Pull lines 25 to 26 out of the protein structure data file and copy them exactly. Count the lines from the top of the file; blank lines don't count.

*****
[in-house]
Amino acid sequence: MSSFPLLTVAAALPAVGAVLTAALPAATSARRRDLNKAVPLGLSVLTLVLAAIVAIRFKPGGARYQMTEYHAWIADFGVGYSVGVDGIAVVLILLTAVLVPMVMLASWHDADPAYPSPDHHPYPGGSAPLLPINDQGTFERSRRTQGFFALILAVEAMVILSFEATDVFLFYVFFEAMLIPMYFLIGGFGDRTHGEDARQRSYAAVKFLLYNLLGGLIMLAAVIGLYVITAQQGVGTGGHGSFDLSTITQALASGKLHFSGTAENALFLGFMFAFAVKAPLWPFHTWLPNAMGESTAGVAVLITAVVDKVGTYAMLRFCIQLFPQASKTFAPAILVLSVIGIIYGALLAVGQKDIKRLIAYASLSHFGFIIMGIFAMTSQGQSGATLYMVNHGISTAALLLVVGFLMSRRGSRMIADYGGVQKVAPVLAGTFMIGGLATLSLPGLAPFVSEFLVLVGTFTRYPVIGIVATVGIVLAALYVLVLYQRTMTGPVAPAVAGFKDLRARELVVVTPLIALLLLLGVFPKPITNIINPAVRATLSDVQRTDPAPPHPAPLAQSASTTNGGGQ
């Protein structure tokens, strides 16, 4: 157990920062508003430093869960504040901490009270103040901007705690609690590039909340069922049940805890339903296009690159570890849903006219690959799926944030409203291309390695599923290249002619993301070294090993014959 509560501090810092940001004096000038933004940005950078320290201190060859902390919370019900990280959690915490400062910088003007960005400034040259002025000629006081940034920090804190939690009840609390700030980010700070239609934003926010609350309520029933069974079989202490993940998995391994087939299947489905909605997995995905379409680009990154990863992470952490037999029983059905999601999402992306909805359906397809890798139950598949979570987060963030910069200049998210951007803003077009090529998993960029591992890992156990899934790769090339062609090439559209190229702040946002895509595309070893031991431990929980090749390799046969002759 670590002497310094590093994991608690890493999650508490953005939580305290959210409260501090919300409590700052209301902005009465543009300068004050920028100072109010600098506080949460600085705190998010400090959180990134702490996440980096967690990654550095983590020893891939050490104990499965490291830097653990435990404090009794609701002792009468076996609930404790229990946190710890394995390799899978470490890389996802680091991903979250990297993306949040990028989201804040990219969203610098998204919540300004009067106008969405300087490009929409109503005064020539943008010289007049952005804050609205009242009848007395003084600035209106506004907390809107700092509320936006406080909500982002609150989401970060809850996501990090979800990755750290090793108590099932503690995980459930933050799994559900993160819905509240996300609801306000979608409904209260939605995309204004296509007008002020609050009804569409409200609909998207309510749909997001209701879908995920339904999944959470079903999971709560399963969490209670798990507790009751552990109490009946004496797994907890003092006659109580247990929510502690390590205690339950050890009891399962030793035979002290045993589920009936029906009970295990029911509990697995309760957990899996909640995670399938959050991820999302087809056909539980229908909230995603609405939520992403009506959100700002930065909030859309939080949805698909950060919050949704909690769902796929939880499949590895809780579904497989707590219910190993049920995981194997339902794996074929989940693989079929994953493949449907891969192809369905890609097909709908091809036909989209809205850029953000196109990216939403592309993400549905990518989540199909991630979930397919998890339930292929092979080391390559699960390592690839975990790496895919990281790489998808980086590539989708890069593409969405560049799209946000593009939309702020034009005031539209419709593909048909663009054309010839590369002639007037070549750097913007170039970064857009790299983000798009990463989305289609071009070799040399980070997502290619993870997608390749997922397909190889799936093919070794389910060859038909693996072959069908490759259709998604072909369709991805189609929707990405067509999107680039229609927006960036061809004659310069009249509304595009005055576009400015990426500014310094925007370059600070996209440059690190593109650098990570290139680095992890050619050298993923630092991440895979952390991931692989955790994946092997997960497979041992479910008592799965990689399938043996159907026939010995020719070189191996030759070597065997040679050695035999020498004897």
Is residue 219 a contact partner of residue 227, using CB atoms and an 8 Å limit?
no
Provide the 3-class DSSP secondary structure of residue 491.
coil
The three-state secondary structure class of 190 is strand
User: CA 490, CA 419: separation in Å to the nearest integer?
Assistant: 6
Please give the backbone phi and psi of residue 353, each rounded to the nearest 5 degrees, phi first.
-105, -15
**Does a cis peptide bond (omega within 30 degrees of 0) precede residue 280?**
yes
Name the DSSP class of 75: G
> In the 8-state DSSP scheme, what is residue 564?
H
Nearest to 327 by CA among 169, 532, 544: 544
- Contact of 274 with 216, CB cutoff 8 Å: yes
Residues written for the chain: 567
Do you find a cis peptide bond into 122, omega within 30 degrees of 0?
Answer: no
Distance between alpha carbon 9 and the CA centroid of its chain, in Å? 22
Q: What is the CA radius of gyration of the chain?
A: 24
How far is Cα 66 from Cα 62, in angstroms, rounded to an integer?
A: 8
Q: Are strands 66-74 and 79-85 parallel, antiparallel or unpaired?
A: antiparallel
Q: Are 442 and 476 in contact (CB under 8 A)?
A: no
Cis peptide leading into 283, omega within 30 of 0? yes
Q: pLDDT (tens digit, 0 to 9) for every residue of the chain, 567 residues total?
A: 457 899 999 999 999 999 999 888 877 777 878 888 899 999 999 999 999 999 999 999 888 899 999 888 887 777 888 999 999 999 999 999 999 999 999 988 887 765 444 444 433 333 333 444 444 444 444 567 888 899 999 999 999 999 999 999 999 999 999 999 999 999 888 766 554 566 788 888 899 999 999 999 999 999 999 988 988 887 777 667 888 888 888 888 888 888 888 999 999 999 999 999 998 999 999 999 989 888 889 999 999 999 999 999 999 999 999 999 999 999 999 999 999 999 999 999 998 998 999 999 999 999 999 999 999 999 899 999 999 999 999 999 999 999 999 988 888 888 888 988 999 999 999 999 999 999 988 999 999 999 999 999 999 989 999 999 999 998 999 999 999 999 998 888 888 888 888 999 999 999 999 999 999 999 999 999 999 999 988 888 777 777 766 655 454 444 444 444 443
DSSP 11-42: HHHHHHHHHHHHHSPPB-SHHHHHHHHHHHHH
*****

A: 24
How far is Cα 66 from Cα 62, in angstroms, rounded to an integer?